The World Health Organization has declared a global pandemic as the coronavirus spreads rapidly across the world. As tumbling stock markets reveal growing fears about the potential economic impact, we invited US and European economists to express their views on the likelihood of a major recession. We also asked them about the relative importance of the supply and demand […]

March 14th, 2020|Economics|1 Comment|
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    Coronavirus: perceptions of mortality and contagion raise economic anxiety

Coronavirus: perceptions of mortality and contagion raise economic anxiety

The rapid and global spread of the new coronavirus within just a few weeks is infecting the global economy. While containment of the virus and efforts to reduce the loss of life have ultimate priority, policy makers need to act quickly to contain the economic fallout. In a new paper, we study how the arrival of the new coronavirus […]

March 13th, 2020|Economics|2 Comments|
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    If the UK is high tech, why is productivity growth slow? Economists weigh in

If the UK is high tech, why is productivity growth slow? Economists weigh in

The UK has seen slow rates of productivity growth over the past decade, with output per hour and real wages no higher today than they were prior to the global financial crisis. The February 2020 Centre for Macroeconomics (CFM) survey asked its panel of top UK economists about the causes of and possible policy responses to slow growth in UK […]

Does more competition spur innovation or discourage it?

Increased levels of global trade integration, especially driven by the rise of China, have led to a fierce public debate about the winners and losers from international trade. Recently, calls for protectionism have become louder in many countries, leading to a backlash against globalisation (OECD 2017).

When it comes to firms, the increase in import competition has led researchers to […]

The effect of structural reforms on public debt  

There is broad consensus on the desirability of making markets more efficient, across several economies to increase competitiveness and improve future growth prospects (OECD, 2012; European Commission, 2013; IMF, 2016; OECD, 2012).  In the current policy context, advancing structural reforms is of paramount importance to address the decline in productivity growth — the key long-term driver of living standards — […]

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    Coronavirus puts the world economy in its most precarious position since 2008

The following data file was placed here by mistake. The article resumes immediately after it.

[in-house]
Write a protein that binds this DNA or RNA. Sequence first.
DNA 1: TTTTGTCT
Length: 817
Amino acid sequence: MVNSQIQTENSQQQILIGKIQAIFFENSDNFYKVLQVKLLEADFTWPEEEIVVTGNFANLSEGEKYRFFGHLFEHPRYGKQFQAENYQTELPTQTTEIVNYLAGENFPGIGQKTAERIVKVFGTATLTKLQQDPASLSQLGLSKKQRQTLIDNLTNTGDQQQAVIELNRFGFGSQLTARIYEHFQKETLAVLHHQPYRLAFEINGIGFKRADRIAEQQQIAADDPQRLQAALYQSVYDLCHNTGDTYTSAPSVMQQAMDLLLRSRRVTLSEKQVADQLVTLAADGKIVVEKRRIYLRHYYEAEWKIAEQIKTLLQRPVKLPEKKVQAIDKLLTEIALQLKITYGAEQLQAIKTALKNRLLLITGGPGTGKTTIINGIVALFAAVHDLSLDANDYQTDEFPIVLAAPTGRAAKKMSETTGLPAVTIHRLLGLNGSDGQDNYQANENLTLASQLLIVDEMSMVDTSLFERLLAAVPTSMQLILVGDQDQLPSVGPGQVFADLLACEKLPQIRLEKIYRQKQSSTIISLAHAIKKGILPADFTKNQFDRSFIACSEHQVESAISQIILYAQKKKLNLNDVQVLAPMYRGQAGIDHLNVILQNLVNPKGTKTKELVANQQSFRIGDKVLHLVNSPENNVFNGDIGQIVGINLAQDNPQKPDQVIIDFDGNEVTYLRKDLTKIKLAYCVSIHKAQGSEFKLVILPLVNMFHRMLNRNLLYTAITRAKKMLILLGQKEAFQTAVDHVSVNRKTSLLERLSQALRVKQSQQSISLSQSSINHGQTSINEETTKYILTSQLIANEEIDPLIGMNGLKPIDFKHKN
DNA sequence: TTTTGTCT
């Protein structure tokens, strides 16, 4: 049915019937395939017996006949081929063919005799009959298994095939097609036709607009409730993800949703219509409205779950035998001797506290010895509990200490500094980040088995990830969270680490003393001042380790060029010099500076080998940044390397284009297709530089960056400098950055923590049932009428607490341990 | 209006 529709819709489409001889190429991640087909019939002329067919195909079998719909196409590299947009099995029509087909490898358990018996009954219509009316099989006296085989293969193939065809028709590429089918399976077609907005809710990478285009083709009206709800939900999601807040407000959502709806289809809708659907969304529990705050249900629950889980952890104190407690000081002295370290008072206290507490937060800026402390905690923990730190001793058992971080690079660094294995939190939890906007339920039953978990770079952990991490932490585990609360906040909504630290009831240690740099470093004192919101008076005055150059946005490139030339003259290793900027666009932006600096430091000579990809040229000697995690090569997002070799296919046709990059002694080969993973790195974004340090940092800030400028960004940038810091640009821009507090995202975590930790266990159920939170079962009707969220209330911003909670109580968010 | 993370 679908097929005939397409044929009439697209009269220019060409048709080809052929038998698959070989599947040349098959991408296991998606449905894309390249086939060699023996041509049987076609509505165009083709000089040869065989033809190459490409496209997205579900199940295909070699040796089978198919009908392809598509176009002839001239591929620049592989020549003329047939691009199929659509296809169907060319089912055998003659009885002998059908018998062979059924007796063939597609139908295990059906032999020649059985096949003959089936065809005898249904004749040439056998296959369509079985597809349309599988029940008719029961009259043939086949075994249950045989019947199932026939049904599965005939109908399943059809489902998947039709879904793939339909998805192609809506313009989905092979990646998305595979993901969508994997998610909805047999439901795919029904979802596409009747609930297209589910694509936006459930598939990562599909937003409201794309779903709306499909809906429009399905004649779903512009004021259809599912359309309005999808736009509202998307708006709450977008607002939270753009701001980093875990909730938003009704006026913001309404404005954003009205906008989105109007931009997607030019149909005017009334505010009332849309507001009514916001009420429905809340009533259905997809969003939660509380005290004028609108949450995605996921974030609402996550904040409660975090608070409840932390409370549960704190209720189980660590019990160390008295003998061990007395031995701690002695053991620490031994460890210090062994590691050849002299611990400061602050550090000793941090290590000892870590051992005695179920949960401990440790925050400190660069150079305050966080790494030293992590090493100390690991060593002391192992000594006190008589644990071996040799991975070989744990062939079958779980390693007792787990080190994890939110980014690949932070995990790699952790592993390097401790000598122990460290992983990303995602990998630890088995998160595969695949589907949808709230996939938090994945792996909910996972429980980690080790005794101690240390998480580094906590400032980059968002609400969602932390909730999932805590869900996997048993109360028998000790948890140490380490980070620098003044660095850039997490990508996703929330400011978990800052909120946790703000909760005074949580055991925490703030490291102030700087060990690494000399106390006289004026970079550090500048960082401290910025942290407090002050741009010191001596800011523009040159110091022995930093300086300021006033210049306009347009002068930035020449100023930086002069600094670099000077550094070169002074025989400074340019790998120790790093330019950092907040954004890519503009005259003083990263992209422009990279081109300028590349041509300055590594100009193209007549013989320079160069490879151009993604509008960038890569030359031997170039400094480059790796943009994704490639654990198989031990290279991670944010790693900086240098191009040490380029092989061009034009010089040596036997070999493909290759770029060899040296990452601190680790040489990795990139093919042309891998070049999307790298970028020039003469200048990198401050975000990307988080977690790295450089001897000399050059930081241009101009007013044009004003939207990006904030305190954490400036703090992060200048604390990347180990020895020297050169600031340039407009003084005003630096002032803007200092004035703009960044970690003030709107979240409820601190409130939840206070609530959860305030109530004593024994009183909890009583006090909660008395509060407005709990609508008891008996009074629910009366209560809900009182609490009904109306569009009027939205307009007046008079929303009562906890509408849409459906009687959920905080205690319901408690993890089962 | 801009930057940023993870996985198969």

Coronavirus puts the world economy in its most precarious position since 2008

Covid-19 (coronavirus) hit China at the start of December and outbreaks have spread more widely. The virus is bringing considerable human pain. It is also resulting in significant economic disruption from quarantines, restrictions on travel, factory closures and a sharp decline in many service sector activities.

The world economy is in its most precarious position since the global financial crisis

Global […]

March 4th, 2020|Economics|0 Comments|
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    Technology can benefit a few superstar workers, at the expense of everyone else

Technology can benefit a few superstar workers, at the expense of everyone else

Technical change is disrupting many labour markets and is re-shaping the world of work. A widespread fear is that new technologies generate winner-take-all labour markets that benefit a small group of superstars, at the expense of the majority of the workforce. These so-called “superstar effects” arise when technologies open up bigger markets and make it possible to reach consumers […]

Sorting: an unintended consequence of EU free movement?

Charles Tiebout’s theory of sorting drew on the idea that if jurisdictions vary in the policies they adopt, and individuals are free to move, then people with similar policy preferences will end up clustering together – which he called sorting. In some contexts that could be efficient and desirable, but suppose the sorting were to take place according to […]

Just how dangerous is economics for management practice?

It is often argued that academic ideas have no real significance for the world around us. Academics may profess high ideals about changing the world but their influence upon reality is limited. But there is a school of thought that says ideas stemming from academia do matter. Indeed, it is claimed that certain ideas professed by academics can effect […]

February 19th, 2020|Economics, Management|1 Comment|

Slow economic growth is a sign of success

We’re accustomed to looking at the growth rate of GDP to evaluate the health of our economy. Which is why the recent slowdown in growth appears so troubling. In the US, GDP growth for 2019 was 2.3%, meaning it has been nineteen years since growth hit 4%, and nearly as long since it touched 3%. For the UK the […]

February 18th, 2020|Economics|1 Comment|
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    Medical technology: sometimes more regulation can help innovation

Medical technology: sometimes more regulation can help innovation

Innovation is the lifeblood of successful businesses. “Moving fast and breaking things” can provide rapid access to new advances and great potential rewards. However, with innovation often comes uncertainty, and the consequences of product failure can be severe. Clever managers and regulators try to balance these inherent risks and benefits. It is a difficult task, and undesirable outcomes are […]